A Komatsu HD605-7 quarry hauler with a tipping trailer has a diesel-fuel capacity of 206 gallons. Some engineers in Switzerland want to change that to zero gallons. With funding from the Ciments Vigier cement-production company, battery supplier Lithium Storage and construction equipment supplier Kuhn Group are working together to create an all-electric mining truck that not only eliminates diesel emissions, but potentially creates energy to add back into the grid as well. They’re calling it the E-Dumper. Stop giggling.
Goofy name aside, the project starts with a used Komatsu HD605-7, which typically uses a turbocharged direct-injected six-cylinder diesel engine that makes 715 horsepower and 2452 lb-ft of torque. Powering a vehicle that has tires that are about as tall as a person, the diesel-powered Komatsu has a top speed of 44 mph. But speed is not of concern for these vehicles, and certainly not for this application. Range and efficiency are. The builders of the E-Dumper claim it will be the biggest electric vehicle ever created and will house the biggest electric battery pack a vehicle has ever seen. The hopeful claims even go as far as to predict that the truck will produce an energy return that can be dumped and stored after each work day.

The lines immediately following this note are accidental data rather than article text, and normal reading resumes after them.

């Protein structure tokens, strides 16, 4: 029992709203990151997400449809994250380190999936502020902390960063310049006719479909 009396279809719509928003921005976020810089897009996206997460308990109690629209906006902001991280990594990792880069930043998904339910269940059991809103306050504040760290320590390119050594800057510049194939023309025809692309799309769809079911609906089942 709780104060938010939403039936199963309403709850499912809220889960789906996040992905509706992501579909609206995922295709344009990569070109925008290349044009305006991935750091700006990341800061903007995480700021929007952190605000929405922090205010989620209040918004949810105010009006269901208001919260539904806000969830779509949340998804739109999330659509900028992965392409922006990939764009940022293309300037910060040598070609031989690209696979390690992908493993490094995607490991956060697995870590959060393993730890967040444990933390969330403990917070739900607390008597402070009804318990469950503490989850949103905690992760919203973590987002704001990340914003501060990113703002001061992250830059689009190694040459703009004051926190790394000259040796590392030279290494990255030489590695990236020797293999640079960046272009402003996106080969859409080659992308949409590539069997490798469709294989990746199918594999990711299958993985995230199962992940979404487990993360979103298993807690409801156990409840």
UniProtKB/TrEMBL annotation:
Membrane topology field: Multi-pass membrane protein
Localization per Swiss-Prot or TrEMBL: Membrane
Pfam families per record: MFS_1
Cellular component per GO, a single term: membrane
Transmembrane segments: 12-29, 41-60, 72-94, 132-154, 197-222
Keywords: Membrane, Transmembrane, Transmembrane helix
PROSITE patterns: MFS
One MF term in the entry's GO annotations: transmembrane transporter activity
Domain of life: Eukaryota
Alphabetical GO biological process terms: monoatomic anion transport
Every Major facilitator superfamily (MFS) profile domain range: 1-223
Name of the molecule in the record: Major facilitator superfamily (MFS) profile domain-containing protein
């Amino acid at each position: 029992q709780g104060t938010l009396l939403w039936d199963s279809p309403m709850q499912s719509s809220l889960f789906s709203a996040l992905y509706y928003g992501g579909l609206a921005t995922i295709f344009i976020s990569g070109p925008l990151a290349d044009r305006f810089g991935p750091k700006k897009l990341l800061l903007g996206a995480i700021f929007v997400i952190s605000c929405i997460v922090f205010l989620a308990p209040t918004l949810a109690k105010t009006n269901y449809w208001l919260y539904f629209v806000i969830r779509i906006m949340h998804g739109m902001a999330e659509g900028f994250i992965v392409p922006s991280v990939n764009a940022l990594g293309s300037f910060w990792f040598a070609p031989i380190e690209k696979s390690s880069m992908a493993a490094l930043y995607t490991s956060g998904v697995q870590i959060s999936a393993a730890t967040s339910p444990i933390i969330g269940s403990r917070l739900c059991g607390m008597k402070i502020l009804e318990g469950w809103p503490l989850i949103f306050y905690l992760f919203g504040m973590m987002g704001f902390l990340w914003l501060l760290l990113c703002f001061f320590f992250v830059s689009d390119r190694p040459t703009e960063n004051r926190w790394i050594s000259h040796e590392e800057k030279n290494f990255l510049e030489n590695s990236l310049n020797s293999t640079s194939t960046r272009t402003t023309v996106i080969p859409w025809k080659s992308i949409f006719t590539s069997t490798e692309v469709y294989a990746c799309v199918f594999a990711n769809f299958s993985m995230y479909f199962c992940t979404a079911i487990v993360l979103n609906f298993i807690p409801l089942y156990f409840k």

The E-Dumper, which Ciments Vigier expects will have a work life of about 10 years, will have a battery pack that can store up to 700 kWh (the Chevrolet Bolt EV, by comparison, has a 60-kWh battery). The pack is expected to weigh up to 4.5 tons and house 1440 nickel-manganese-cobalt cells. The electric powertrain will be responsible for getting the massively heavy truck up into a mountain quarry and down to a cement production facility in a valley about 20 times a day. And that’s what makes this whole thing interesting. Vigier will be relying on one technology for this entire operation to work: regenerative braking.
Rather than utilizing traditional friction brakes, the E-Dumper will be coasting down the mountainside under the control of regenerative braking, one of the key components of most electric vehicles. When the truck rolls down with its total mass of up to 110 tons, the system will be recouping large amounts of energy. Vigier is counting on the energy needed to get the unladen dump truck, which will weigh approximately 45 tons, up the mountain to be less than the energy that is stored from the regenerative braking going down the mountain and back to camp. If that is the case, it will be an energy-plus vehicle that could generate an excess of 10 kWh per trip. If that’s correct, that would be about 200 kWh generate per day per vehicle, or 1600 kWh total per day if the company reaches its goal of eight electric Komatsus.
This is all speculation at the moment; none of these numbers have been tested because the vehicle is not yet complete. But it has attracted engineers and support from the Swiss Federal Institute of Materials Science and Technology, the Bern University of Applied Sciences, and the Swiss Federal Office of Energy. If it works, it could pay huge dividends not just for the Swiss, but for the entire commercial industry.
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